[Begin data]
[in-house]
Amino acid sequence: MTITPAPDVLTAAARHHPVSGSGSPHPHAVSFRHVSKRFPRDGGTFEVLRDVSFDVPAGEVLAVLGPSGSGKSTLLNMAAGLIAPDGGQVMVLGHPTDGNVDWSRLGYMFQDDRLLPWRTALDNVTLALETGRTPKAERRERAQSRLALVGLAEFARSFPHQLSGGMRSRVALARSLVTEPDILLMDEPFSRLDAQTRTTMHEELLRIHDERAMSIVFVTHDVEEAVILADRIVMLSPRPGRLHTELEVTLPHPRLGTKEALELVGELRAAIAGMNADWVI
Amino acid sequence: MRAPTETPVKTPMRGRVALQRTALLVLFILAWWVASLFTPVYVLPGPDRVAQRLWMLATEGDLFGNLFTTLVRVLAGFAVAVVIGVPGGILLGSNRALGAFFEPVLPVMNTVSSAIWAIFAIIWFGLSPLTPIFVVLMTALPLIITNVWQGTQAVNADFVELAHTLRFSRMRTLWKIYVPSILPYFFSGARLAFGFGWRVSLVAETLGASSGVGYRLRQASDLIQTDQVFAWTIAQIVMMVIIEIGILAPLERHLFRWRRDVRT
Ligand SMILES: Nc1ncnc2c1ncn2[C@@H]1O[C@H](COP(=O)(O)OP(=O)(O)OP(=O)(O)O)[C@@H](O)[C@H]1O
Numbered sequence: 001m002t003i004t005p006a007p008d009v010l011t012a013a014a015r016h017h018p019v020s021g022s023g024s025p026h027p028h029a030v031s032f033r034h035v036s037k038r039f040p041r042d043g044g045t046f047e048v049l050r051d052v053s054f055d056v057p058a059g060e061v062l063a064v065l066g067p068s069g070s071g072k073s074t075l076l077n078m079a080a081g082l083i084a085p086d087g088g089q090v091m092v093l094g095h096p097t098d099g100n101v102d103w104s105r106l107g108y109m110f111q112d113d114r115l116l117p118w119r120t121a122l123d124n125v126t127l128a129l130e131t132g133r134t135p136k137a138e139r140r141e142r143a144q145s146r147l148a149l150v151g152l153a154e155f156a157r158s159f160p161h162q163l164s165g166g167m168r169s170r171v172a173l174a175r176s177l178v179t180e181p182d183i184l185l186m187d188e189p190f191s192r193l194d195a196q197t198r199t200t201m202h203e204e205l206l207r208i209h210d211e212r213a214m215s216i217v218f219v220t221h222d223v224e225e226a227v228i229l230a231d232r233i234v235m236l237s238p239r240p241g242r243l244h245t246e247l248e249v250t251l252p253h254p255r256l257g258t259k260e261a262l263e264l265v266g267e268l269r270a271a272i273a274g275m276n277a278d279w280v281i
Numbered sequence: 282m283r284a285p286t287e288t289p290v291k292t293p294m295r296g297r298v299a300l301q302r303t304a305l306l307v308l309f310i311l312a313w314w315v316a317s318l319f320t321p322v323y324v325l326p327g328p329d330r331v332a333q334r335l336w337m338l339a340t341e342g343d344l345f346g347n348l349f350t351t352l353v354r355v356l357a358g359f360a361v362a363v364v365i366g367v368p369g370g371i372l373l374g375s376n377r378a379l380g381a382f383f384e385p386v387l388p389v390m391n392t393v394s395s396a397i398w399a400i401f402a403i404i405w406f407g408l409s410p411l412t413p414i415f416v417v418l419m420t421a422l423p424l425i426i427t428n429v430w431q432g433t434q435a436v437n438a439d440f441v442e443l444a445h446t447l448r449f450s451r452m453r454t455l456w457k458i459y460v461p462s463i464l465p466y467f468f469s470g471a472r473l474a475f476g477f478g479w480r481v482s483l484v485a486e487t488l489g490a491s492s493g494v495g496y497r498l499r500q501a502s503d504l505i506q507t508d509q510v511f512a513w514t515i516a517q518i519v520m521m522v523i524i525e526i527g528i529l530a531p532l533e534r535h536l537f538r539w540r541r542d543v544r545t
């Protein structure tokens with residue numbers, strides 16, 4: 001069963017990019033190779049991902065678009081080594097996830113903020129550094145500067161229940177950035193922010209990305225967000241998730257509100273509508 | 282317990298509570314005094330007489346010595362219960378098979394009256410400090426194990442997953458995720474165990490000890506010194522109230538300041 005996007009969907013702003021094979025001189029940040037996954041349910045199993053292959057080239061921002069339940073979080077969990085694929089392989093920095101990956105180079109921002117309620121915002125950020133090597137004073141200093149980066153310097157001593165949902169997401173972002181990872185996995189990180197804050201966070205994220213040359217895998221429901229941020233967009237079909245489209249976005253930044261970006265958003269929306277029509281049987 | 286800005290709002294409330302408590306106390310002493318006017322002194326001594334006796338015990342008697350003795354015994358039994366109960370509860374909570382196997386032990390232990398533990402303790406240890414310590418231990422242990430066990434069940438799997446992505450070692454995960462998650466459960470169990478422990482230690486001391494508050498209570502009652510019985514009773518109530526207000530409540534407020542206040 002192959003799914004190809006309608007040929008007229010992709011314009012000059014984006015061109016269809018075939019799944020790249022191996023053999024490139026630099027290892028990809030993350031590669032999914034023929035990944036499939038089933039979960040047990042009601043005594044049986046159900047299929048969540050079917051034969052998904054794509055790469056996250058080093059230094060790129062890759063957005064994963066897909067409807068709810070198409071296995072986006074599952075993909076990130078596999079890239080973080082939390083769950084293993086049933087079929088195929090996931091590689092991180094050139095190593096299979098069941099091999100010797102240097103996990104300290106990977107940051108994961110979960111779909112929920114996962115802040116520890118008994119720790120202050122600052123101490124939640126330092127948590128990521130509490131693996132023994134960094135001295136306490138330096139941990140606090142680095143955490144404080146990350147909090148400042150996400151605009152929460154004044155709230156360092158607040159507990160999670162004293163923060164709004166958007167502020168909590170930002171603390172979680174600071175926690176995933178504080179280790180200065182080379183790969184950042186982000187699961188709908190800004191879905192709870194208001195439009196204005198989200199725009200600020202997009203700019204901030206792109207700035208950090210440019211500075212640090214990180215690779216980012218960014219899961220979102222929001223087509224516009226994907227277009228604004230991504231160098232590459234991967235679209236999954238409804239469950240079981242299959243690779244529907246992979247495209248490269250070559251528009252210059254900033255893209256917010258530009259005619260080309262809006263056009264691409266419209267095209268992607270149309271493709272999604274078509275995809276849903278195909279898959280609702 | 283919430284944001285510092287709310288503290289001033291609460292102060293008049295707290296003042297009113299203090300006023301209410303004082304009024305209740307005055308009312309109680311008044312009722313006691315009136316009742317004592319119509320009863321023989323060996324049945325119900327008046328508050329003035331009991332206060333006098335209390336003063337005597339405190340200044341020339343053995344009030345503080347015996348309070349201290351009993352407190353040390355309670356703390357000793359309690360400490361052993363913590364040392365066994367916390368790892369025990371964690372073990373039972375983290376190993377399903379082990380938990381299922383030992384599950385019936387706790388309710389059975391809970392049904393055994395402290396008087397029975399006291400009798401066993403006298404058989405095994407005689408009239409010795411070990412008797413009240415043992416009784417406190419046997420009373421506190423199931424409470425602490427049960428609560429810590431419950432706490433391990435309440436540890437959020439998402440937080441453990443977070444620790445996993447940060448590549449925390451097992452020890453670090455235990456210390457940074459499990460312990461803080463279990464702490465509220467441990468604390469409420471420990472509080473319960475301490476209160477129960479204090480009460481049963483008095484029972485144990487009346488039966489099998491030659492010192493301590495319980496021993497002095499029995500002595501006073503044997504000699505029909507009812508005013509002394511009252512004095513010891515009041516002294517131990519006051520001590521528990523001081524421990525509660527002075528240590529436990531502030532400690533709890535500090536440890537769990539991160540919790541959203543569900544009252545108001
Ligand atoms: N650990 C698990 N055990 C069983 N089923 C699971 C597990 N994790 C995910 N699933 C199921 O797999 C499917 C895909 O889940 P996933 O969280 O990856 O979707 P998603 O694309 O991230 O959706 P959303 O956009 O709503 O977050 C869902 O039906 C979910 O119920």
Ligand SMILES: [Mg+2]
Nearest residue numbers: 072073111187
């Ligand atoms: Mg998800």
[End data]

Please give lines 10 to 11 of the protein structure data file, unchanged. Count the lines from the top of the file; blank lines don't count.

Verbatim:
Nearest residue numbers: 072073111187
């Ligand atoms: Mg998800």